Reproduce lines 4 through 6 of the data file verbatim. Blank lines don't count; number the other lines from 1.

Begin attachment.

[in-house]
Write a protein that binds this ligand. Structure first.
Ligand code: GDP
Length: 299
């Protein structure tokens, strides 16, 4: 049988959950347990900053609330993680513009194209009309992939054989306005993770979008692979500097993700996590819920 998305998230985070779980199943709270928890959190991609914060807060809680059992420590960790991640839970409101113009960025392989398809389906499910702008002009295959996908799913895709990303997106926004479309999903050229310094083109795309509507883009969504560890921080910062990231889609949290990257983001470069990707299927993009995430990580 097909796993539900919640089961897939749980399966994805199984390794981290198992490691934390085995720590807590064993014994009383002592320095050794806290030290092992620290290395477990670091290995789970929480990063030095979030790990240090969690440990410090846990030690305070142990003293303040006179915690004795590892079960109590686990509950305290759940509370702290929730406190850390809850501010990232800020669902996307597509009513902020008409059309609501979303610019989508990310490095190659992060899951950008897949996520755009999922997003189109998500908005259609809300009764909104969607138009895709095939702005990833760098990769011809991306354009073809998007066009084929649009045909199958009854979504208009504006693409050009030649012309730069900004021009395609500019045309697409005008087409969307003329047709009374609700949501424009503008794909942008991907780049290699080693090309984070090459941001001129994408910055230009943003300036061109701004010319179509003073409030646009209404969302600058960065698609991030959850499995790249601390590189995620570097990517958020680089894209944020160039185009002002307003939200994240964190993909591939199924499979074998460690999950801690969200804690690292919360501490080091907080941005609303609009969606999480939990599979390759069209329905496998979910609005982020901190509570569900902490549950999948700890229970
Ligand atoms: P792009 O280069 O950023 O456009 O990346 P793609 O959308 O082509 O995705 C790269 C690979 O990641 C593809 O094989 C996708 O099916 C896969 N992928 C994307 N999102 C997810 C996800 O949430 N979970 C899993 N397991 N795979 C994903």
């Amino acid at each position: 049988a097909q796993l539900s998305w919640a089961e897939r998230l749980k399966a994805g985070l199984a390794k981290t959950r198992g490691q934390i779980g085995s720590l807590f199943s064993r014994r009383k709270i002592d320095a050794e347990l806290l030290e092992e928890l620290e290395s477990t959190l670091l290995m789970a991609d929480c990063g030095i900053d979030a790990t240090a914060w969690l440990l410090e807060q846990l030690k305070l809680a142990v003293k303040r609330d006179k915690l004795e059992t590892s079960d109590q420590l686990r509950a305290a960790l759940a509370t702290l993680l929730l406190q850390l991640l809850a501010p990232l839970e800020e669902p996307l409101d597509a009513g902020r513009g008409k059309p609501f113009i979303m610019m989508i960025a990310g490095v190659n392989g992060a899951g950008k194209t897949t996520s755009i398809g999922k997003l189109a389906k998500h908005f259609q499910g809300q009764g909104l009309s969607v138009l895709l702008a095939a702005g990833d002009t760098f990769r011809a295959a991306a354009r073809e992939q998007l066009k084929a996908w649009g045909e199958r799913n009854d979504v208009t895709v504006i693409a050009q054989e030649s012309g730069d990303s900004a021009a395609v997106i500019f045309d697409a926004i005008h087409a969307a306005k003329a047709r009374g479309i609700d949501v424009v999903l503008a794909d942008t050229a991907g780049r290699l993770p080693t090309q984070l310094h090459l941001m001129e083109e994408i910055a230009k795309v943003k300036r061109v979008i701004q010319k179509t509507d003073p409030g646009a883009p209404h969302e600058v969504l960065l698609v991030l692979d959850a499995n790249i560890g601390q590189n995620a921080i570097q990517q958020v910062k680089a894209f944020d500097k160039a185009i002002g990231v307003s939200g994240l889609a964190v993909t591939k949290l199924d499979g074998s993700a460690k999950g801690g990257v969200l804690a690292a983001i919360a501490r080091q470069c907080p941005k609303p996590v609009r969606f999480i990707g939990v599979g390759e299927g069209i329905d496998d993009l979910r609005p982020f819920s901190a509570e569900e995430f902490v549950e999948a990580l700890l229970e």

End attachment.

Length: 299
């Protein structure tokens, strides 16, 4: 049988959950347990900053609330993680513009194209009309992939054989306005993770979008692979500097993700996590819920 998305998230985070779980199943709270928890959190991609914060807060809680059992420590960790991640839970409101113009960025392989398809389906499910702008002009295959996908799913895709990303997106926004479309999903050229310094083109795309509507883009969504560890921080910062990231889609949290990257983001470069990707299927993009995430990580 097909796993539900919640089961897939749980399966994805199984390794981290198992490691934390085995720590807590064993014994009383002592320095050794806290030290092992620290290395477990670091290995789970929480990063030095979030790990240090969690440990410090846990030690305070142990003293303040006179915690004795590892079960109590686990509950305290759940509370702290929730406190850390809850501010990232800020669902996307597509009513902020008409059309609501979303610019989508990310490095190659992060899951950008897949996520755009999922997003189109998500908005259609809300009764909104969607138009895709095939702005990833760098990769011809991306354009073809998007066009084929649009045909199958009854979504208009504006693409050009030649012309730069900004021009395609500019045309697409005008087409969307003329047709009374609700949501424009503008794909942008991907780049290699080693090309984070090459941001001129994408910055230009943003300036061109701004010319179509003073409030646009209404969302600058960065698609991030959850499995790249601390590189995620570097990517958020680089894209944020160039185009002002307003939200994240964190993909591939199924499979074998460690999950801690969200804690690292919360501490080091907080941005609303609009969606999480939990599979390759069209329905496998979910609005982020901190509570569900902490549950999948700890229970
Ligand atoms: P792009 O280069 O950023 O456009 O990346 P793609 O959308 O082509 O995705 C790269 C690979 O990641 C593809 O094989 C996708 O099916 C896969 N992928 C994307 N999102 C997810 C996800 O949430 N979970 C899993 N397991 N795979 C994903």